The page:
Investors pulled $57.4 billion from actively-managed funds in November, the biggest such withdrawal for two years, according to Morningstar.
The active outflows, combined with investors putting $55.9 billion into passive funds during the same time, means that the latter continues to take market share from active funds.
Overall active funds' market share fell from 64.1% to 61.5%. In just equities, the gap is even closer now with passive funds' market share hitting 48.1% at the end of November, up from 44.6% a year ago.
The month was active funds' worst for flows since November 2016 when investors pulled about $65 billion.
Within active funds, US equity was the worst hit category with investors pulling $18.3 billion, with taxable bond funds the next worst hit with $16.2 billion leaving over the month.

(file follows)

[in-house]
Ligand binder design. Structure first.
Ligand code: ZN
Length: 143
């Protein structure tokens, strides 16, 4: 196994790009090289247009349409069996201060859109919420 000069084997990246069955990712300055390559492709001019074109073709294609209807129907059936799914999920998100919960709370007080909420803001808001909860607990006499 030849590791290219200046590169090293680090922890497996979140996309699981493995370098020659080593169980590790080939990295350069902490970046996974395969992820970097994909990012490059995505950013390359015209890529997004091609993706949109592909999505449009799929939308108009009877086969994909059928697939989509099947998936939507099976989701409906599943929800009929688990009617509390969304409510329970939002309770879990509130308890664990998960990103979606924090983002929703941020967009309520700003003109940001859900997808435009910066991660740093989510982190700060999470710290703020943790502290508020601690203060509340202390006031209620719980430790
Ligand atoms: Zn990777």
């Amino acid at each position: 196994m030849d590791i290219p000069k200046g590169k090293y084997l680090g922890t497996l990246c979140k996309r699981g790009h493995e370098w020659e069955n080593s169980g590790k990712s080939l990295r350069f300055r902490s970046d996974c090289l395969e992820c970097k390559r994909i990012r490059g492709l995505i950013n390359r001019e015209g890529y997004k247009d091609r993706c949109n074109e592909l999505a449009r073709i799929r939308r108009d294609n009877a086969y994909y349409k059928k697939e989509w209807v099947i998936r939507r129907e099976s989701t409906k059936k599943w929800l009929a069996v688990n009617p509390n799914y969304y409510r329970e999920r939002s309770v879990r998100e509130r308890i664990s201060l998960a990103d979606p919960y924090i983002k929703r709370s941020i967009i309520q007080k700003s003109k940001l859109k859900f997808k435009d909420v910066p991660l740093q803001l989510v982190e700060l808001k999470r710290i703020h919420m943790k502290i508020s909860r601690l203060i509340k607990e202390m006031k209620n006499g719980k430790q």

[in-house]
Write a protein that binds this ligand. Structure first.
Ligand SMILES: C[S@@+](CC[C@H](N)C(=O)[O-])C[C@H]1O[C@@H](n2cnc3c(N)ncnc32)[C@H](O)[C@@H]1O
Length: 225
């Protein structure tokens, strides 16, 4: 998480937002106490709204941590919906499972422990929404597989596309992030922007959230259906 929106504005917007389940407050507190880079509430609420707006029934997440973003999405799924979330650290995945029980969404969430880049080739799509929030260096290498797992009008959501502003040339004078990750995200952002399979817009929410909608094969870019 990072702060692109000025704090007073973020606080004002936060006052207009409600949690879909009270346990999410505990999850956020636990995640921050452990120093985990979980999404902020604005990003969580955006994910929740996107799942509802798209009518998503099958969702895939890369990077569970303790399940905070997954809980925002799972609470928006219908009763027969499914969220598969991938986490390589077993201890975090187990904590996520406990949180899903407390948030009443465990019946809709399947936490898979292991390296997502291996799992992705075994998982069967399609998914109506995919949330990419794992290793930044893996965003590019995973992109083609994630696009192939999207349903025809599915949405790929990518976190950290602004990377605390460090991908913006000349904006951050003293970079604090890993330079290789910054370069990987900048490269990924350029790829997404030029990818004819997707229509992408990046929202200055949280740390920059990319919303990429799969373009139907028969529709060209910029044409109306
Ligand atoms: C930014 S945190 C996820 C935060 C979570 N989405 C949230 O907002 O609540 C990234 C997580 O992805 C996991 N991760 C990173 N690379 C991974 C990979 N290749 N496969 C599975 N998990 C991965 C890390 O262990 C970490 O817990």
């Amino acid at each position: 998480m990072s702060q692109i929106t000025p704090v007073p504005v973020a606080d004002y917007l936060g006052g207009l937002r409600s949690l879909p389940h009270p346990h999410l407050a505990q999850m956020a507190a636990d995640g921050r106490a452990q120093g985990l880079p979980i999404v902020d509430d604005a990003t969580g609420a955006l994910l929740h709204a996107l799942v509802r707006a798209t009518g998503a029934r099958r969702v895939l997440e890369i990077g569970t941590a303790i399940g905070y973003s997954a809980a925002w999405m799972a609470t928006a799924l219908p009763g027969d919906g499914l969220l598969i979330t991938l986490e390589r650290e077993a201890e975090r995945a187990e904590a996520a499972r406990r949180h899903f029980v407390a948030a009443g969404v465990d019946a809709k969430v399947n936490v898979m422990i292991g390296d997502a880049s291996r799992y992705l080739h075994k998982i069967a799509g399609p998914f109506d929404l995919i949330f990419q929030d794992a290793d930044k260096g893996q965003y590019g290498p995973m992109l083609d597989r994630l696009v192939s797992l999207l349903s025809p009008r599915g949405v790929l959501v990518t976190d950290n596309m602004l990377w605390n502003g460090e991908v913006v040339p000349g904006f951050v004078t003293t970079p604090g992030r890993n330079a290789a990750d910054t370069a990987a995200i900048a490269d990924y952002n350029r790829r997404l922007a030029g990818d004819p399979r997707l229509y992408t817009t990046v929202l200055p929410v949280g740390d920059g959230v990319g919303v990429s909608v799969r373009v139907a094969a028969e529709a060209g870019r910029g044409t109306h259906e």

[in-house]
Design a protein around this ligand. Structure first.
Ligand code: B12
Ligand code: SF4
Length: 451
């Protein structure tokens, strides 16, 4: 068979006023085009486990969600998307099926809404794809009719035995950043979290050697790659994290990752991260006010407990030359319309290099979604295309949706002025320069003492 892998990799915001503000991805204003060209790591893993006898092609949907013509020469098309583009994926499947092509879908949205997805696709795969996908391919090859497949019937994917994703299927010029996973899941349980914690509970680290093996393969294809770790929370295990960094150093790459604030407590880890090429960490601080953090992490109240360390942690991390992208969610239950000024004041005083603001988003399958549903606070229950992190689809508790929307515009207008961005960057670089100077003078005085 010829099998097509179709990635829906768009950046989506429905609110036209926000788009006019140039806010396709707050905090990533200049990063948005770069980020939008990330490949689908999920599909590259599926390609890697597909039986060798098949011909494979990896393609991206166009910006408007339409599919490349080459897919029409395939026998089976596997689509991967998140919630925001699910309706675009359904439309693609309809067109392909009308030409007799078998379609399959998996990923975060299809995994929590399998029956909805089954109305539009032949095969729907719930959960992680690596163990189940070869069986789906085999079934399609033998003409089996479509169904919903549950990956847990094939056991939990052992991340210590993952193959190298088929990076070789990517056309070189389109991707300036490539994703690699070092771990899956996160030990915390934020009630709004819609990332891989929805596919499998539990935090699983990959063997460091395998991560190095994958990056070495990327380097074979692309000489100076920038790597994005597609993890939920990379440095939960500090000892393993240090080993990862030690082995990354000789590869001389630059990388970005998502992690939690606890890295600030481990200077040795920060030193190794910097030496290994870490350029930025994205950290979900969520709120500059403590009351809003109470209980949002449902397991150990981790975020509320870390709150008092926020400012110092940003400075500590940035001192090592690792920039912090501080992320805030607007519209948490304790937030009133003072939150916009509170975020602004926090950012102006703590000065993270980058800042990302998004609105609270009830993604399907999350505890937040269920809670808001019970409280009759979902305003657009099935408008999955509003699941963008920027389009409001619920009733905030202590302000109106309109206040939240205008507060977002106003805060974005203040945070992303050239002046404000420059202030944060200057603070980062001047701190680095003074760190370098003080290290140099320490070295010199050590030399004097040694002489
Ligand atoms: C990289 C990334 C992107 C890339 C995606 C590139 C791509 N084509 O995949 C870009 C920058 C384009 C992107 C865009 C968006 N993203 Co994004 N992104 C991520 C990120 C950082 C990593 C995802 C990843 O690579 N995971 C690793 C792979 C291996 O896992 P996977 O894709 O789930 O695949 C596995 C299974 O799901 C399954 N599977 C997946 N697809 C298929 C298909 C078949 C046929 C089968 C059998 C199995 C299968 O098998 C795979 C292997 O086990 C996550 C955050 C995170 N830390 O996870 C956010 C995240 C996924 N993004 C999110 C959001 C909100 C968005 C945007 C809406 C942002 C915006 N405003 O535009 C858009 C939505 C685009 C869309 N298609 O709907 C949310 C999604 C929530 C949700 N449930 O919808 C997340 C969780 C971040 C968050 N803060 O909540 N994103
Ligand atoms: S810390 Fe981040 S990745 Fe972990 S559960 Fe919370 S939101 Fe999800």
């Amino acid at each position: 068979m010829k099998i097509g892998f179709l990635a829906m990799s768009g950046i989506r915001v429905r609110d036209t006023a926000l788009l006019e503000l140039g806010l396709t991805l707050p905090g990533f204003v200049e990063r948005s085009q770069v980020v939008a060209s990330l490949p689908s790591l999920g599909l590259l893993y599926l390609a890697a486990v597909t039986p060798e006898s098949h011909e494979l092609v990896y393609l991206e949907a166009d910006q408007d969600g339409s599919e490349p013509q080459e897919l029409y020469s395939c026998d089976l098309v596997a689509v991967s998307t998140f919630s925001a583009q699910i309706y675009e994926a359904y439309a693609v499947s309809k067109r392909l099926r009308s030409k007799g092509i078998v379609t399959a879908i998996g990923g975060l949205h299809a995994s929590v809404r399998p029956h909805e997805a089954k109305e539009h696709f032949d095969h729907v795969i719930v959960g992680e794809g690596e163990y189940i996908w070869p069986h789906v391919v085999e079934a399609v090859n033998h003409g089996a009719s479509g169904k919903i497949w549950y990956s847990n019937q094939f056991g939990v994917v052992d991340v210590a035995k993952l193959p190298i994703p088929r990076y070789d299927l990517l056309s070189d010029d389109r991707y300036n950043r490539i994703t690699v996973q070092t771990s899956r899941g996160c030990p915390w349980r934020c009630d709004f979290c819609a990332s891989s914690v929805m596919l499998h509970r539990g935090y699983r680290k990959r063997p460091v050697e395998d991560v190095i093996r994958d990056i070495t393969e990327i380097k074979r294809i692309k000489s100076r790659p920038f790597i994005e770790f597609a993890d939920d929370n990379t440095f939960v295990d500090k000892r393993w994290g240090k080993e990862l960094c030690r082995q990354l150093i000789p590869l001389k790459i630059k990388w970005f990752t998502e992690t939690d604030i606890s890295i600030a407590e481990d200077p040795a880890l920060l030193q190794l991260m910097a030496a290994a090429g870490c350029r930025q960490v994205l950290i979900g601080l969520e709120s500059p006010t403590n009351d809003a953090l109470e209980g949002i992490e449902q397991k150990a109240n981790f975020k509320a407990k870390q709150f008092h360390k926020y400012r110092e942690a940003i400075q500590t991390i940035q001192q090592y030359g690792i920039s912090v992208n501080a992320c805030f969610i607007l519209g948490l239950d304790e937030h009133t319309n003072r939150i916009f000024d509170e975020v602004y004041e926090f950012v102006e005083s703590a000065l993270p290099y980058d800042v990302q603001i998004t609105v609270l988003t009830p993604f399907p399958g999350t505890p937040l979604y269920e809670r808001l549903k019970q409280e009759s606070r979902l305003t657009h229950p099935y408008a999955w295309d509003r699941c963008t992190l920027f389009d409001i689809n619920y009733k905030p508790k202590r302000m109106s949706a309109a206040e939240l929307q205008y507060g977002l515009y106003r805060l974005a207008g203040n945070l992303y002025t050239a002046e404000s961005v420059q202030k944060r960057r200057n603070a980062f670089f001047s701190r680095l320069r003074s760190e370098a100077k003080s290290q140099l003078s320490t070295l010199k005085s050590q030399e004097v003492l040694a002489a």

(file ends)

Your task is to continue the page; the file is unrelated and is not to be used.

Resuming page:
Across both active and passive funds, bond investors continued to dial down risk, with the most money going into money market funds ($78.7 billion) and ultra-short bond funds ($13.2 billion).
Taxable bond funds, both active and passive, had their second month of consecutive outflows, with intermediate bond funds the worst hit as they suffered $8.2 billion of outflows.
Despite continued volatility, equity investors were not as cautious as their fixed income counterparts. US equity categories had inflows of $11.6 billion, while international equity funds took in $8.5 billion. This broke down as $18.2 billion in outflows for active funds and $29.9 billion inflows for passives.
iShares surges ahead
The biggest beneficiary of the shift to passive for November was iShares, which surged ahead of Vanguard, taking in $25.3 billion, the firm's highest inflows in 10 years.
The iShares Core MSCI Emerging Markets IEMG took in $3.3 billion, the iShares 1-3 Year Treasury Bond SHY won $2.4 billion and the iShares Edge MSCI Min Vol USA USMV pulled in $1.9 billion.
Vanguard trailed behind iShares with $10.6 billion of inflows. State Street, BlackRock and Fidelity had inflows of $5.9 billion, $5.1 billion and $3.8 billion, respectively.
Franklin Templeton led monthly outflows with $2.9 billion, followed by Pimco at $2.8 billion and Oakmark at $2.6 billion.